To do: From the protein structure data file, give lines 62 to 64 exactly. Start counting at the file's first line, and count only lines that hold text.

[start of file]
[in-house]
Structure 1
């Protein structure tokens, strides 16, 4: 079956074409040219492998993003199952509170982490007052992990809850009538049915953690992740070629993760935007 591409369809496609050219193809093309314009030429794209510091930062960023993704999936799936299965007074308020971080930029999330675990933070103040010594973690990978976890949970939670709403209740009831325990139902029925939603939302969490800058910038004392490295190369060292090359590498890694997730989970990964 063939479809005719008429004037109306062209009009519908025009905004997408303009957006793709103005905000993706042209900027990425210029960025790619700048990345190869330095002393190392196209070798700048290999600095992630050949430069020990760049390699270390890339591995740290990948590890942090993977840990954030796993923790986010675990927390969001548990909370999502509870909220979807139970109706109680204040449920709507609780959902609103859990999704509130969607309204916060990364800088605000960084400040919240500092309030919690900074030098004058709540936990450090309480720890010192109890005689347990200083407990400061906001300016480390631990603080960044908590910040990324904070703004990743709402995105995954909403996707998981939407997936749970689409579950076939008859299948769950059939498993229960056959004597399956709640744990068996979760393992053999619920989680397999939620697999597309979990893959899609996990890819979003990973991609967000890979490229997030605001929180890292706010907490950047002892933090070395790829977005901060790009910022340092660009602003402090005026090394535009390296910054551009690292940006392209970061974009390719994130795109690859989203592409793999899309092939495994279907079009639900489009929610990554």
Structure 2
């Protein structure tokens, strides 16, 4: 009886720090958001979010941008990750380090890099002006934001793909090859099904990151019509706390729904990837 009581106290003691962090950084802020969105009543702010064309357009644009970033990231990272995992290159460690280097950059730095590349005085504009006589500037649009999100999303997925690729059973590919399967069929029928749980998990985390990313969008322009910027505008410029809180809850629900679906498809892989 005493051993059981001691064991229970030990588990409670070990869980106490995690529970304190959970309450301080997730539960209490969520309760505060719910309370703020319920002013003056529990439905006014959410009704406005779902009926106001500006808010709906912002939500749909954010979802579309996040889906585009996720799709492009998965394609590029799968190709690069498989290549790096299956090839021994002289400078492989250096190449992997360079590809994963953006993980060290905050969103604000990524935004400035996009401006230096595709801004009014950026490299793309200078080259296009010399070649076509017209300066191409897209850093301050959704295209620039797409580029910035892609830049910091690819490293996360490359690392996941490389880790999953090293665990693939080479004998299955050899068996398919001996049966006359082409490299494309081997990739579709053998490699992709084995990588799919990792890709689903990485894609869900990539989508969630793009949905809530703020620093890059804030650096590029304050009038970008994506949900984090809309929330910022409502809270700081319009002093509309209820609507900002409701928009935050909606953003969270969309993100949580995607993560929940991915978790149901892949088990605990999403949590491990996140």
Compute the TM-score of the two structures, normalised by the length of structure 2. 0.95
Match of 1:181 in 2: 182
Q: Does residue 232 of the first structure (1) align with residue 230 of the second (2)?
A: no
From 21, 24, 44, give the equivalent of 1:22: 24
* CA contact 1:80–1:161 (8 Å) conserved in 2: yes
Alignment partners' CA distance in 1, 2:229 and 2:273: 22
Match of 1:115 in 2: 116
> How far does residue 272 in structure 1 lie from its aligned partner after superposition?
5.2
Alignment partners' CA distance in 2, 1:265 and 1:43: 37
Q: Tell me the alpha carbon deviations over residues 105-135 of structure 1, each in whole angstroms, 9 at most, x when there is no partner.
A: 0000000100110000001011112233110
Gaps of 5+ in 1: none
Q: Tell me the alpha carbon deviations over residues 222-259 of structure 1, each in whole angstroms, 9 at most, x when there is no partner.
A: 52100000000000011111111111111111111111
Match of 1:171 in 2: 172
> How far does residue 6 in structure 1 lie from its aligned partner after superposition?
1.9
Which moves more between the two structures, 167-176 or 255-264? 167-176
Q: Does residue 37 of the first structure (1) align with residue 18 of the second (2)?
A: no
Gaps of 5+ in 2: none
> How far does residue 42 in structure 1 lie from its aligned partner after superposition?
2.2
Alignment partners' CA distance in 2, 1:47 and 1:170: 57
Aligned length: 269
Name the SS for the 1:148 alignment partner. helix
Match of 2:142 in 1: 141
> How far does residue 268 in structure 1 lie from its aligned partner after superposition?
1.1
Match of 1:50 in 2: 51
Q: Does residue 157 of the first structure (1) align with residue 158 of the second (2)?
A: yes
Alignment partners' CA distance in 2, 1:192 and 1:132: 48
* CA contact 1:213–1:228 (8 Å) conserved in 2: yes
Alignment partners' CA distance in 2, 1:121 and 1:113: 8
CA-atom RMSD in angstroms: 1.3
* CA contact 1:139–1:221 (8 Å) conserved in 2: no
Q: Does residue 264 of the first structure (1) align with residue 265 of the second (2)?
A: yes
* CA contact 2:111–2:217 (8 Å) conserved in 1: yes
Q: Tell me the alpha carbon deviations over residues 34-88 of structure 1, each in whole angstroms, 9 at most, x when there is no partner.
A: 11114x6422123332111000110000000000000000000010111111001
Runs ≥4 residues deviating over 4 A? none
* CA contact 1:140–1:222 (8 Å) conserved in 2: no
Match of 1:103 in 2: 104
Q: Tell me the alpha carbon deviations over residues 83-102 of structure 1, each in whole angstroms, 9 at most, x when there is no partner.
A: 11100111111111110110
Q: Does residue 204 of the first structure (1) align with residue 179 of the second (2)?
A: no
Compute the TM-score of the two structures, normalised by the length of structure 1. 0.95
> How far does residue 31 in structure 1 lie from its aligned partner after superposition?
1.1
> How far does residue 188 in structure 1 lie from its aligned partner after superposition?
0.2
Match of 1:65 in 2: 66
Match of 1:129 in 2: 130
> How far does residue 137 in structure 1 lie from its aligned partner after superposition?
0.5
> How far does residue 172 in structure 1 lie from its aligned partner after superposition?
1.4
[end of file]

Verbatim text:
Match of 1:65 in 2: 66
Match of 1:129 in 2: 130
> How far does residue 137 in structure 1 lie from its aligned partner after superposition?